Home Featured TV Shows All TV Shows Movie Reviews Book Reviews Articles Frequently Asked Questions About Us

Mini Movie Reviews: Originals and Remakes

Today's theme is films that were either remade (often with poor results) or remakes themselves, featuring films from Alfred Hitchcock, Sam Peckinpah, Takashi Miike, John Carpenter, William Friedkin, and Michael Mann.

The Getaway (1972)
In order to get an early release from prison, an experienced bank robber (Steve McQueen) is forced to take part in a new heist along with his wife (Ali MacGraw). After it goes wrong, the couple make a dangerous escape to Mexico with the money. Director Sam Peckinpah clearly wanted this film to be a lot more bloody and a lot more Peckinpah, but McQueen wanted something more flattering and commercial and his star power ultimately won out. The leads may have hit it off behind the scenes, but on screen they have about as much spark as a wet sponge. Still miles better than the Baldwin/Basinger remake, though.

Rating: ⭐⭐⭐
The Man Who Knew Too Much (1956)
James Stewart and Doris Day are a married couple on vacation with their young son in Morocco when they suddenly find themselves tangled up in an assassination plot. Hitchcock remakes his own 1934 film with a bigger budget and bigger stars, but forgets to include a lot of what actually made the original film work. It may have been made by an armature (the director's own words), but it had a brisk pace, more fun characters, a truly slimy villain in Peter Lorre, and the kid in it wasn't so annoying you wouldn't blame the parents if they decided to go home and let the kidnappers keep them.

Rating: ⭐⭐
Assault on Precinct 13 (1976)
On the day it is due to be closed down, the skeleton crew of an aging Los Angeles police precinct find themselves under siege from a vengeful street gang. Unlike the 2005 remake, Carpenter's original is a lean and focused film that has the good sense to avoid getting bogged down in unnecessary backstories and give the audience just enough details to understand who these characters are. It also understands that the antagonists are far more terrifying as a unknowable force that is almost supernatural in how relentless they are.

Rating: ⭐⭐⭐⭐
Manhunter (1986)
When a serial killer known only as the Tooth Fairy begins murdering families, traumatised investigator Will Graham is brought out of retirement to help catch him. The first (and best) film adaptation of Thomas Harris' Hannibal Lecter novels, but instead of the gothic camp of the later films (including the 2002 version) we are treated to Mann's trademark slick professionalism. He was still very much in his Miami Vice era here so this is unashamedly a film of its time, but that has just become one of its best features. It has a style and aesthetic that many of today's bland looking thrillers would die for.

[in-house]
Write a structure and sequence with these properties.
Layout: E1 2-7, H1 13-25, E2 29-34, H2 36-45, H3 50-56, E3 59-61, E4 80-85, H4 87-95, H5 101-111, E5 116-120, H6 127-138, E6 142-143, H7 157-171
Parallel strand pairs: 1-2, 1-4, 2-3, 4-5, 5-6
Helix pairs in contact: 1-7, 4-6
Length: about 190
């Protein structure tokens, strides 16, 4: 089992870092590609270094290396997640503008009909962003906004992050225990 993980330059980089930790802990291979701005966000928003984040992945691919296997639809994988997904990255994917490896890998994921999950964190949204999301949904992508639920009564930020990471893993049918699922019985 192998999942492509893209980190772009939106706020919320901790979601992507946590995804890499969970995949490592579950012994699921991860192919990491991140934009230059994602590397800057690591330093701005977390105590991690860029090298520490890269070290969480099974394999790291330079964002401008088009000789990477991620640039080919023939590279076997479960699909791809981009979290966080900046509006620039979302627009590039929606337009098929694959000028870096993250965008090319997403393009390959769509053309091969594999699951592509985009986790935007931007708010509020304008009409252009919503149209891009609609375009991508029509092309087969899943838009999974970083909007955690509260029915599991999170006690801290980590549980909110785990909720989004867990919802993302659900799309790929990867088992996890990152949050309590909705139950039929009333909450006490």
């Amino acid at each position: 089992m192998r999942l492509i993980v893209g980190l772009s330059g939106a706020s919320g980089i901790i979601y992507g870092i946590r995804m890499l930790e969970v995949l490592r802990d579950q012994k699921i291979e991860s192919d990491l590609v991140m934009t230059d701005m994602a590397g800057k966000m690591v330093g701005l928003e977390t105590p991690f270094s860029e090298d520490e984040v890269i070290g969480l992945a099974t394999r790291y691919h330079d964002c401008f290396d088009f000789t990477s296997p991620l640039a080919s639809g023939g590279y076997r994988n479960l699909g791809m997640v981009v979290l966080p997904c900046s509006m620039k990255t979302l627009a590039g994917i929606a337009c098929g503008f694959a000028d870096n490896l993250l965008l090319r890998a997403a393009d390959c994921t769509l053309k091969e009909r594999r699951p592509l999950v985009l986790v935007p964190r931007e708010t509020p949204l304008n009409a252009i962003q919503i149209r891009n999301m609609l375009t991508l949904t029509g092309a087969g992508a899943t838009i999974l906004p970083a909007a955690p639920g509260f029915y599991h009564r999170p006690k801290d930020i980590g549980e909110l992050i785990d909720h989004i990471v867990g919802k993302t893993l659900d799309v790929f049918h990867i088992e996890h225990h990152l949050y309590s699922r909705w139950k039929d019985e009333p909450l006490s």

Rating: ⭐⭐⭐⭐⭐
Sorcerer (1977)
With all the sweat, rain, blood and nitroglycerine, this was one wet movie. Four strangers hiding out in South America (Roy Scheider, Bruno Cremer, Francisco Rabal, and Amidou) are hired to transport a supply of unstable nitroglycerine across the jungle. The French Connection and The Exorcist made William Friedkin one of the shinning stars of 70s Hollywood, but then he made this remake of The Wages of Fear. It was meant to be something quick and cheap before he got started on his next big film, but costs spiralled and the film was a massive critical and commercial failure on release, coming out in the summer of 1977 when Star Wars fever was rampant. But time has been kind to it and Sorcerer is now rightly regarded as one of his finest films. That said, I do think it might've been better to cut out the various prologues for the four main characters, leaving their origins ambiguous and resulting in a much tighter movie.

Rating: ⭐⭐⭐⭐
13 Assassins (2010)
Takashi Miike remakes Eiichi Kudo's 1963 film of the same name. When the Shogun decides to add his sadistic half-brother to his council, one minister tasks a skilled samurai with gathering together a team of warriors to undertake a dangerous mission to assassinate him. We barely get to know the 13, apart from the leader, his nephew, and some weird guy they meet after getting lost in the woods who may be a immortal forest spirit, and it drags in the middle, but that final 45 minute battle sure is glorious.

Rating: ⭐⭐⭐⭐

Mark Greig has been writing for Doux Reviews since 2011 More Mark Greig


  1. I watched Sorcerer for the first time a couple of years ago. Fantastic movie. I wonder if the title contributed to confusion over what the film was about.

  2. Manhunter rules!! Thanks for giving it respect


We love comments! We moderate because of spam and trolls, but don't let that stop you! It’s never too late to comment on an old show, but please don’t spoil future episodes for newbies.